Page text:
Hard Hat Launch of the NUST-American Space

group shotRemarks by Ambassador Bruce Wharton

Honorable Resident Minister;
Vice Chancellor;
Distinguished Guests;
Ladies and gentlemen,

Good morning and welcome to the NUST-American Space.  You might have noticed it’s not completed yet, but I’d like to ask you to take a moment to imagine what this space will look like in a few months.  And please don’t stop your imagination there.  This space is designed to foster imagination, innovation, and collaboration.  This will be a place for the NUST community, and for the wider community in Bulawayo, to come together and create new technology and new partnerships.  I welcome and encourage students and faculty from Lupane University, Solusi University, Bulawayo Polytechnic, and the Catholic University to also take advantage of the resources that will be available when this project is finished.

As you may know, the U.S. Embassy has American spaces in Bulawayo, Mutare, and Gweru, in addition to our Information Resource Center in Harare.  American Spaces are typically located in a discrete corner of established libraries and frequently, those libraries are located within universities.  American Spaces exemplify the U.S. commitment to a core tenet of democracy: a citizen’s right to free access to information.  Through the American Spaces program, we aim to provide the Zimbabwean people with information about the United States—its history, culture, society, and values.  We also seek to provide comprehensive guidance on study in the U.S. through our Education USA advising program.  Most importantly, this space has been designed to foster people-to-people connections, increase understanding, and build respect with local audiences through cultural programs.  More than a traditional library, our hope is that this American Space will become a dynamic community space and entrepreneurial hub.  Our goal is to engage audiences with compelling learning environments that welcome spontaneous interaction, shared ideas, and warm conversations.

Last year, our colleagues in Washington got together to select the most strategically important locations to allocate our limited resources for what we call public diplomacy.  On the African continent, ten cities were selected for significant upgrades – Bulawayo made that list.  Keep in mind, Bulawayo was chosen, not just in competition with other African countries, but among the many spaces located within each country throughout the continent, including the four spaces in Zimbabwe.  So, you may ask: Why here in Bulawayo?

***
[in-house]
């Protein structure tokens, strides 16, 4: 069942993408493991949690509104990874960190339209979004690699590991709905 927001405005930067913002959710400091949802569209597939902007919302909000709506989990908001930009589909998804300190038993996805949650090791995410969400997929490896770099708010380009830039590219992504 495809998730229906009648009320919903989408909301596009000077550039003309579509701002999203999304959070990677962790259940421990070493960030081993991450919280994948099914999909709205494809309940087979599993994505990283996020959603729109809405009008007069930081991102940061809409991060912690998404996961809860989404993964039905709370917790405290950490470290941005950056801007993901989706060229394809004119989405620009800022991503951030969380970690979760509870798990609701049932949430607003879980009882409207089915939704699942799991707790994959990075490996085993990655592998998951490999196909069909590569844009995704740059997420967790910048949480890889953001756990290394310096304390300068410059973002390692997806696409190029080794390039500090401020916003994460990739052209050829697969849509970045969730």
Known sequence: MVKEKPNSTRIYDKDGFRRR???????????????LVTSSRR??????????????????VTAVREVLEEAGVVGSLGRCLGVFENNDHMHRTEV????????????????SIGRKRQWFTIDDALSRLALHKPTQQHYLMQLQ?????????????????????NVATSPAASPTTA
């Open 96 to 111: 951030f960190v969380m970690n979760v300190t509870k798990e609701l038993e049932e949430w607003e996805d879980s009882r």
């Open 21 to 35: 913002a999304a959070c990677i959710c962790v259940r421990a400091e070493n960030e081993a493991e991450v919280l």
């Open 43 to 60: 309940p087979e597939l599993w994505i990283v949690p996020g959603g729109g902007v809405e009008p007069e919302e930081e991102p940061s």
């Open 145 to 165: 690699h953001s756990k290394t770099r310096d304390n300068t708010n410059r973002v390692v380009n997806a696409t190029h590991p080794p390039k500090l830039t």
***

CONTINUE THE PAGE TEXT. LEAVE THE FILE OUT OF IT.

My colleagues and I at the Embassy engage every day with your compatriots in Harare.  This is an opportunity for us to enlarge our reach outside of the capital region, and to engage with the greater Zimbabwean population.  In the same way that innovation is not limited to those ideas that come from Washington, D.C., we know that there is a great deal of potential and creativity that resides beyond the city limits of Harare.  Ultimately, Zimbabwe’s prosperity depends on its greatest resource — its people.

Zimbabwe’s progress is being led by Zimbabweans from around the country – including some emerging youth leaders who are with us today.  Further, there’s an increasing recognition that if countries are going to reach their full economic potential, then they absolutely must invest in youth – in their education, and in their skills.  I’ve been very encouraged by the desire of leaders here to partner with us in supporting young entrepreneurs, including through President Barack Obama’s Young African Leaders Initiative.  Last year, two of 30 fellows in the Mandela Washington Fellowship program hailed from Bulawayo.  This year, we seven of 30 participants selected for this unique fellowship program will come from Matabeleland.  Next year, the program will continue to grow and we anticipate sending an even greater representation of Zimbabwe’s regional diversity.

We sincerely hope the returning fellows will use this space for their many community engagement activities.  This space will have free wireless internet for the general public.  It will host speaker events, ranging in topics from the arts to entrepreneurship, from technology to youth development and women’s empowerment.  And if you want to talk about something else, just let us know.  I’d like to urge you, again, to continue to use your imagination whenever you engage with this American Space.

I am very excited to partner with NUST on this project and to work together to provide Zimbabwe’s youth with the tools to succeed and grow.  I look forward to seeing pictures of the final space – as we have envisioned on these designs (point to designs) and hear about all the exciting and creative programming and collaborations happening at this space.  Although I’m not saying goodbye quite yet, I probably will not be here when the NUST American Space project is scheduled to reach completion in September.  However, I will strongly encourage my successor to carry on this work, because we want all Zimbabweans to understand that they will always have a strong and reliable partner in the United States of America.